• Betsy Howell-Hampton, Vice President, Population Health at Reliant Medical Group
  • Nora Moreno Cargie, President, Tufts Health Plan Foundation
  • Alicia Munnell, Director, Boston College Retirement Research Center
  • Kate Fichter, assistant secretary for policy, MassDOT
  • Alice Bonner, Secretary of Elder Affairs
  • Ron Walker, Secretary of Workforce Development 
  • Jay Ash, Secretary of Housing and Economic Development

The Council is expected to deliver a preliminary report to the Governor by the end of 2017.

MIT AgeLab description:

The Massachusetts Institute of Technology AgeLab is a multidisciplinary program that works with businesses, governments, and NGOs to conduct research that improves the quality of life of older adults and those who care for them. The AgeLab applies human-centered systems thinking to understand the challenges and opportunities of 100 years of longevity. Research focuses include emerging technologies, business models, and emerging generational lifestyles that have the potential to catalyze innovations in transportation, home and community, care, and retirement planning. Working with Member organizations, the MIT AgeLab seeks to invent life tomorrow.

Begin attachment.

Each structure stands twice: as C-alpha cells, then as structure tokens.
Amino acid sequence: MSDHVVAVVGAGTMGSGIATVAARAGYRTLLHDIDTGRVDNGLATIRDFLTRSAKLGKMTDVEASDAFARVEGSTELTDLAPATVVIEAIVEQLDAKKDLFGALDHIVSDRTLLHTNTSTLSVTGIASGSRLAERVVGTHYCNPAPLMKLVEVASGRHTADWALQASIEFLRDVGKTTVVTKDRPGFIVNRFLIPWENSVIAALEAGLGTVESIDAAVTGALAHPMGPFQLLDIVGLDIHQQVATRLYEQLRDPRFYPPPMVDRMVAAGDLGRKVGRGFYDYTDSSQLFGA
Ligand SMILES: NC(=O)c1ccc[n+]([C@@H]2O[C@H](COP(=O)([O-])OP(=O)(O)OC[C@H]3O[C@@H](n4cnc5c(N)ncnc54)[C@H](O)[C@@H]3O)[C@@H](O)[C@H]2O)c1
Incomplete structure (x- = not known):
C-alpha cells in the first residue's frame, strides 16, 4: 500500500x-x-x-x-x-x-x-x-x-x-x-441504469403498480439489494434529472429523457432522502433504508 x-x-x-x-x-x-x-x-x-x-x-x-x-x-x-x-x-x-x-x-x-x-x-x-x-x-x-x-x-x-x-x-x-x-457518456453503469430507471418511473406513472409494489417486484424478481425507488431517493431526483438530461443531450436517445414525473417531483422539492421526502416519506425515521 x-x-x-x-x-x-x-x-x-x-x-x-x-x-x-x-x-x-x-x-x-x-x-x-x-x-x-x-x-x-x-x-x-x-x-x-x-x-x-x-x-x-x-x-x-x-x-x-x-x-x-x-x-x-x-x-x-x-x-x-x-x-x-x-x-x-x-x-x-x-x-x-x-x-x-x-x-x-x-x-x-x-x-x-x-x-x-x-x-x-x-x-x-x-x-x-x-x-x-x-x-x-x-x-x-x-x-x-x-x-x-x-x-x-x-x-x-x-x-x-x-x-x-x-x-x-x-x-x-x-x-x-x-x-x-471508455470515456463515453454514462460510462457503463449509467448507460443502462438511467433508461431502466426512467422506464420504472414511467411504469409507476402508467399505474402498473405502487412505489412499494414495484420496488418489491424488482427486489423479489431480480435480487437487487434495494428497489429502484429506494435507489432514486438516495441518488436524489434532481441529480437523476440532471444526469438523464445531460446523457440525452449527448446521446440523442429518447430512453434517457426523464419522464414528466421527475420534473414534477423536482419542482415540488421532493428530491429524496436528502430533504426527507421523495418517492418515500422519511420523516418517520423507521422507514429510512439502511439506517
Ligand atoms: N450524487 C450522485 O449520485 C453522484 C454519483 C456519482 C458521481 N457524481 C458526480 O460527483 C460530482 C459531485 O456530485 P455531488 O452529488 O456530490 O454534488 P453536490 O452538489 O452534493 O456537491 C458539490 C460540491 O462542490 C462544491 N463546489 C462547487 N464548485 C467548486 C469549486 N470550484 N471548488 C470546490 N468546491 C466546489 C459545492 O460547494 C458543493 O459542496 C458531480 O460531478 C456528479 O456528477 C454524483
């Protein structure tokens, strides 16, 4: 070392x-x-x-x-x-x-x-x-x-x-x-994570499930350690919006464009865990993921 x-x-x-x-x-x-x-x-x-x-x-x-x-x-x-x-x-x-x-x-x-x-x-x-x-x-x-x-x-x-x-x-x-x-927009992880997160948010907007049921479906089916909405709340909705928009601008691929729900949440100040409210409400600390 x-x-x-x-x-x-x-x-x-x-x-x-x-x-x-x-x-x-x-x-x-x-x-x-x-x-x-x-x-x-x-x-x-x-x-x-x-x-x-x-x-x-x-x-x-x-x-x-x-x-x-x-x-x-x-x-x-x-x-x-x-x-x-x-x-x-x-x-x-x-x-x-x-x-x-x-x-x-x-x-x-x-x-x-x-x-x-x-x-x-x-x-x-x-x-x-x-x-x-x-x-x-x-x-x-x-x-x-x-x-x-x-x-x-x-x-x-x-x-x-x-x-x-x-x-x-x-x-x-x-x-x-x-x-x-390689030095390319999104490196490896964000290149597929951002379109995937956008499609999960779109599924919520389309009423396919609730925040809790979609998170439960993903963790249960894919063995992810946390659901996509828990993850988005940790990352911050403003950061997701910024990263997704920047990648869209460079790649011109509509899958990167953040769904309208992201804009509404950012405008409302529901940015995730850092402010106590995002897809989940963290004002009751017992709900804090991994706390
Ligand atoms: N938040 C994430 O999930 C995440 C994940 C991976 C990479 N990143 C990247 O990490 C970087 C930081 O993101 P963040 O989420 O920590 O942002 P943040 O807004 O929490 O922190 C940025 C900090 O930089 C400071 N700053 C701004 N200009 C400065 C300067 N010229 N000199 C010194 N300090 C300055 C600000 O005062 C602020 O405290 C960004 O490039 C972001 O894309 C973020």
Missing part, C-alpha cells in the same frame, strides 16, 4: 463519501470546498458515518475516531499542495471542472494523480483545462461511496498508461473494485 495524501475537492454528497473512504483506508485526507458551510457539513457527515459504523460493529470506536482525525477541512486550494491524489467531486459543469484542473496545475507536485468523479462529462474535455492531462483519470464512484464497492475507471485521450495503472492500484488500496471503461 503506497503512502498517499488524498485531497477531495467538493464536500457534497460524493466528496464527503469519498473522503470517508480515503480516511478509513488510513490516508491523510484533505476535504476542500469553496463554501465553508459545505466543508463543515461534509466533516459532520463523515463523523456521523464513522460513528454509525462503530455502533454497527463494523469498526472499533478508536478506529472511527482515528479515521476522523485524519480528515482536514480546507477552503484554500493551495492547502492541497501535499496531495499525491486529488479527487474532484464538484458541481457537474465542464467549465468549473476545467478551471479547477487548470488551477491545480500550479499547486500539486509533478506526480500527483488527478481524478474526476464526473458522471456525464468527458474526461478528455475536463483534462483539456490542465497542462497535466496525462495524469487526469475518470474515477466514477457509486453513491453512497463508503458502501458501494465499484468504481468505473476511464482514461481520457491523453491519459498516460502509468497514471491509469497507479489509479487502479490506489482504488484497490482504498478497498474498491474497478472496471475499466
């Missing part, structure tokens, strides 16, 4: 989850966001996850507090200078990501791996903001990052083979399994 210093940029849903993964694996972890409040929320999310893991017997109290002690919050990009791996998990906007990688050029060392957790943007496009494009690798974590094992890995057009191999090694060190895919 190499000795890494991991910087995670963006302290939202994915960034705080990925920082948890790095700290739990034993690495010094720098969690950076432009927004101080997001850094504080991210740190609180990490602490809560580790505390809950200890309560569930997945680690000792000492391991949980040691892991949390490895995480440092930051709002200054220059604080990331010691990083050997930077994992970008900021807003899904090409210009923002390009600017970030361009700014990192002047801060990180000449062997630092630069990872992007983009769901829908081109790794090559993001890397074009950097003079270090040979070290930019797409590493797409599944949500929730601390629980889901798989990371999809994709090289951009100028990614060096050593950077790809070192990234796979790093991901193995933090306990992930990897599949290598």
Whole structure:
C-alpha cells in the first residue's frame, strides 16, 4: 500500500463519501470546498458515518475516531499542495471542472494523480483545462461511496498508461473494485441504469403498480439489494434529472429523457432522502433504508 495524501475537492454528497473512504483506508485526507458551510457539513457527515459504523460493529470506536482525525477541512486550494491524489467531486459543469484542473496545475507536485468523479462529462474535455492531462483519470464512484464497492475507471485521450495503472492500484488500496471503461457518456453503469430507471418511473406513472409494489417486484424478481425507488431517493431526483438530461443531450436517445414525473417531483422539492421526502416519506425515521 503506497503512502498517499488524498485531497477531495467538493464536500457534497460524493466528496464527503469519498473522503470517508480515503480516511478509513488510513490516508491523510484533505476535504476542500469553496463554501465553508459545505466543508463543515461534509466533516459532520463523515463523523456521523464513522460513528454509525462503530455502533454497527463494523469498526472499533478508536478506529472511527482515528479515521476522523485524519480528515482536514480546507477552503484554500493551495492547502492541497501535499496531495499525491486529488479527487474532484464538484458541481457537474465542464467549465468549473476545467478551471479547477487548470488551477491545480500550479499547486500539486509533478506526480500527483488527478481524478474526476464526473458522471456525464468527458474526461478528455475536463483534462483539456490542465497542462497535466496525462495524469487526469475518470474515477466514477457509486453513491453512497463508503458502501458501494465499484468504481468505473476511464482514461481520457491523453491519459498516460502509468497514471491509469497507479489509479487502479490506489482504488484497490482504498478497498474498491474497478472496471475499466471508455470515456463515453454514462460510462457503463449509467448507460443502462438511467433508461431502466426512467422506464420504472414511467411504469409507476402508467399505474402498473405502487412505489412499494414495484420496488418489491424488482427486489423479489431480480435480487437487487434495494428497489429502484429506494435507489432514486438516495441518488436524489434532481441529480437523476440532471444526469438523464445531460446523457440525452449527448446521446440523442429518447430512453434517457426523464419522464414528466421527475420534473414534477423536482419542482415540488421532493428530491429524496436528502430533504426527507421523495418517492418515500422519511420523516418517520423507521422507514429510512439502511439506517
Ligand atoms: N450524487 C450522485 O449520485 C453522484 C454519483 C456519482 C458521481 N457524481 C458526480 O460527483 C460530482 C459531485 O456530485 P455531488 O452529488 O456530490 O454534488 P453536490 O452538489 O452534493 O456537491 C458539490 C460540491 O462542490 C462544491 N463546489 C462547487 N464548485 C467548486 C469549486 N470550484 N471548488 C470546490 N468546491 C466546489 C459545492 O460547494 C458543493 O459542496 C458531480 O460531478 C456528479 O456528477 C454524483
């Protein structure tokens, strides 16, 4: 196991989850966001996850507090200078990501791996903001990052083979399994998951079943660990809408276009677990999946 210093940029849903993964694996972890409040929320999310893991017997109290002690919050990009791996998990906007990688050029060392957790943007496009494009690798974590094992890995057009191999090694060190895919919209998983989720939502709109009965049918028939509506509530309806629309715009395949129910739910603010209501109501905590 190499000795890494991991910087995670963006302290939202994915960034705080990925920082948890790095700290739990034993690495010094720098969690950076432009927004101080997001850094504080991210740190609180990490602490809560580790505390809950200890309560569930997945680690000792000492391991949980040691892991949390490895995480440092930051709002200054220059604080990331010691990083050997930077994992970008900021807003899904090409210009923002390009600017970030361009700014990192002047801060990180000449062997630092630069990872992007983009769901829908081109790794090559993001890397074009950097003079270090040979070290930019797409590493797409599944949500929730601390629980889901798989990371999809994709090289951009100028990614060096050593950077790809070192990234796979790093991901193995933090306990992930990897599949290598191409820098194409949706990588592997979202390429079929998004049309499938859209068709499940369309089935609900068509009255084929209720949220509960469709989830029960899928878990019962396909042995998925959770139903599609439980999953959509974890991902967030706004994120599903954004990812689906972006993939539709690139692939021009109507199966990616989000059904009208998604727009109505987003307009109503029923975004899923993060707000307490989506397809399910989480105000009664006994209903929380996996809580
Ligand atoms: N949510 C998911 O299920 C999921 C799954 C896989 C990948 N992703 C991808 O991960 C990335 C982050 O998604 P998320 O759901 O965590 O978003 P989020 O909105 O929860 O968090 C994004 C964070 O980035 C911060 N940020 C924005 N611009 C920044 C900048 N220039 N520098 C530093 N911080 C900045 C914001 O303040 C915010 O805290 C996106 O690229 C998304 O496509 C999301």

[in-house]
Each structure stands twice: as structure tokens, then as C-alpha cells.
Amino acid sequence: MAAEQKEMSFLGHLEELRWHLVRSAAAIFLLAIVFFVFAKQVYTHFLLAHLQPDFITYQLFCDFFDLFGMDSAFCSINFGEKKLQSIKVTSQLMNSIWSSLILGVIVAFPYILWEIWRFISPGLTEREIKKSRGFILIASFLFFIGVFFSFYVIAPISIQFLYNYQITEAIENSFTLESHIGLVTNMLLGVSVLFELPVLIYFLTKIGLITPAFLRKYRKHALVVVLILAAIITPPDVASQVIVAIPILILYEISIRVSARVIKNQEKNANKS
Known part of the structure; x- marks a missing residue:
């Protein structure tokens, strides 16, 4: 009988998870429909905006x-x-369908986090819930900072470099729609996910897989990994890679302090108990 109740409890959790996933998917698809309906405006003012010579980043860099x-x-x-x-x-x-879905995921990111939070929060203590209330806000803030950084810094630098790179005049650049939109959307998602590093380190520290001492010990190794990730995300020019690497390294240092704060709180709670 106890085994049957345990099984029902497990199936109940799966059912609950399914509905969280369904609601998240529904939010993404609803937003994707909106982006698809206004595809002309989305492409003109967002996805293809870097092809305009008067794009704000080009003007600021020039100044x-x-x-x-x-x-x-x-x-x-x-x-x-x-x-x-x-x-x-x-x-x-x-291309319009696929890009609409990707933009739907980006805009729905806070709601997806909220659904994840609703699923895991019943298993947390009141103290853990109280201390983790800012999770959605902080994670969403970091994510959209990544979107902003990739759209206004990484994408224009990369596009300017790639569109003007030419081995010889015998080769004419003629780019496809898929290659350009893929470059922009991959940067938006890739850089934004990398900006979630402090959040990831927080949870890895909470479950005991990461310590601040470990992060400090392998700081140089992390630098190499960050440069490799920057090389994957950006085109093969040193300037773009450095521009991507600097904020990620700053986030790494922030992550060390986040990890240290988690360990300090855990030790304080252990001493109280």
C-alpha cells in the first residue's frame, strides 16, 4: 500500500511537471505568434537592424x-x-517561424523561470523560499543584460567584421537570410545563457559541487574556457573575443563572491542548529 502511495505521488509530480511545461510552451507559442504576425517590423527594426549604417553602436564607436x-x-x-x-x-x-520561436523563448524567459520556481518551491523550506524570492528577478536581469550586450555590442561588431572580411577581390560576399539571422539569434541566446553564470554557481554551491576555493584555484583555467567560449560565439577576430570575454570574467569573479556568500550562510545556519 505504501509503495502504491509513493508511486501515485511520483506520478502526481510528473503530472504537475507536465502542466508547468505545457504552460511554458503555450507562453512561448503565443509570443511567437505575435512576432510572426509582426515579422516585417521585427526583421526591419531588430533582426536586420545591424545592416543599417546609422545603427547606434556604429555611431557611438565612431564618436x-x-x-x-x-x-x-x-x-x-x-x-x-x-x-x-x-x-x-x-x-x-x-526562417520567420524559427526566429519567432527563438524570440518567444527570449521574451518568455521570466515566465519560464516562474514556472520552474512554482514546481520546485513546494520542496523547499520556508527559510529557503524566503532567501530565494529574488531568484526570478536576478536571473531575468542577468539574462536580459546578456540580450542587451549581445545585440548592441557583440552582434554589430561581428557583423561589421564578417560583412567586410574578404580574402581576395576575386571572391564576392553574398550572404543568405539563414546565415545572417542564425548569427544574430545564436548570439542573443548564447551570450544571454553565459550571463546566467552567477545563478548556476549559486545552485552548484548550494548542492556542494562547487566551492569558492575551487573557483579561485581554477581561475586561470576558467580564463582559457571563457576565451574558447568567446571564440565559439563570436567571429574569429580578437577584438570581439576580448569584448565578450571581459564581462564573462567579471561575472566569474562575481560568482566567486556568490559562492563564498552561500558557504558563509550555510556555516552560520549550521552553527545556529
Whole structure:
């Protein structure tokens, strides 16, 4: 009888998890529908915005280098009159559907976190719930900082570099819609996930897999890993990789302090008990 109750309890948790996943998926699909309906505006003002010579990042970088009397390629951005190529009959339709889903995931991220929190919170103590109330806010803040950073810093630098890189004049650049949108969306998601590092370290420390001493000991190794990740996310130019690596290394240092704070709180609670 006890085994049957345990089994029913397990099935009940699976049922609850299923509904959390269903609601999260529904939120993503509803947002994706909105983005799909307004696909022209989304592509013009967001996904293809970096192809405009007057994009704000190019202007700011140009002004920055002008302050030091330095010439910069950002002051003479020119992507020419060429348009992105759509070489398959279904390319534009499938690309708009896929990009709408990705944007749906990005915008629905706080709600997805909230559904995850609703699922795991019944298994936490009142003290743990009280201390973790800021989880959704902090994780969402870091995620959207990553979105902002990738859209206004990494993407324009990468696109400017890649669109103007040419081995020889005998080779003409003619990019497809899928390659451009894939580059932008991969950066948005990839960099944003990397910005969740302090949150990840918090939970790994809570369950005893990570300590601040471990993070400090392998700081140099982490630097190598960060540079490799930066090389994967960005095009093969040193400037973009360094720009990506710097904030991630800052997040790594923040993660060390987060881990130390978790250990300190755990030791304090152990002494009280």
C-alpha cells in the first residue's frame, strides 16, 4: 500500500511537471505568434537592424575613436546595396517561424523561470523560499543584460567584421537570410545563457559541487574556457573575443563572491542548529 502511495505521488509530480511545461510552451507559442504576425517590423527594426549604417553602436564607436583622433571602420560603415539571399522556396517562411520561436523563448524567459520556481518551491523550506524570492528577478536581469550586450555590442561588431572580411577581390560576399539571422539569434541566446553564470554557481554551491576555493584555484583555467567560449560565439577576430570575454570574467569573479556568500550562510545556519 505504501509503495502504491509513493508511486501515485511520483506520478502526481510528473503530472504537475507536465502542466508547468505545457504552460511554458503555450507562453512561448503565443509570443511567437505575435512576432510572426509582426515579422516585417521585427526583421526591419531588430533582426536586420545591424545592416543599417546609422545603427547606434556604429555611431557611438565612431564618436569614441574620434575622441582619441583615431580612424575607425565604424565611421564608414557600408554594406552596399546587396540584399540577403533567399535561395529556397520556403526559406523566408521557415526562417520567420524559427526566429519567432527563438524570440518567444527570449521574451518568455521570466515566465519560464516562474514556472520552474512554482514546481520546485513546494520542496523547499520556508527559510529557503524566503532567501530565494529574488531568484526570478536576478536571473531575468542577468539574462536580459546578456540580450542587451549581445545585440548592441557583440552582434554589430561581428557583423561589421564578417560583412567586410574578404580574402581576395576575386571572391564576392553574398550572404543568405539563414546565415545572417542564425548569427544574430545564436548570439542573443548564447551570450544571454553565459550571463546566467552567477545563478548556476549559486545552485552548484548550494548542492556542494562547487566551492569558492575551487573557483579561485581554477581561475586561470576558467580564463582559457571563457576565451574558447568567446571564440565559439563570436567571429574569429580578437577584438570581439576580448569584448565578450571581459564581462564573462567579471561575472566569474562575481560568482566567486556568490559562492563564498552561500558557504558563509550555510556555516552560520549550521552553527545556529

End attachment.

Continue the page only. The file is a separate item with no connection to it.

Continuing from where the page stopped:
More information at: agelab.mit.edu

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Media Contact

Office of Governor Charlie Baker and Lt. Governor Karyn Polito 

Governor Charlie Baker, Lt. Governor Karyn Polito, and members of their administration are committed to making Massachusetts the best place to live, work, and raise a family.

Executive Office of Health and Human Services 

The Executive Office of Health and Human Services is the largest secretariat in state government and is comprised of 12 state agencies, in addition to the 2 soldiers’ homes and the MassHealth insurance program. Our efforts are focused on the health, resilience, and independence of those we serve. Some of our public health programs touch every community in the Commonwealth.

Executive Office of Elder Affairs 

Promotes independence, empowerment, and well-being of older people, individuals with disabilities, and their families. We ensure access to the resources you need to live healthy in every community in the Commonwealth.

Governor's Press Office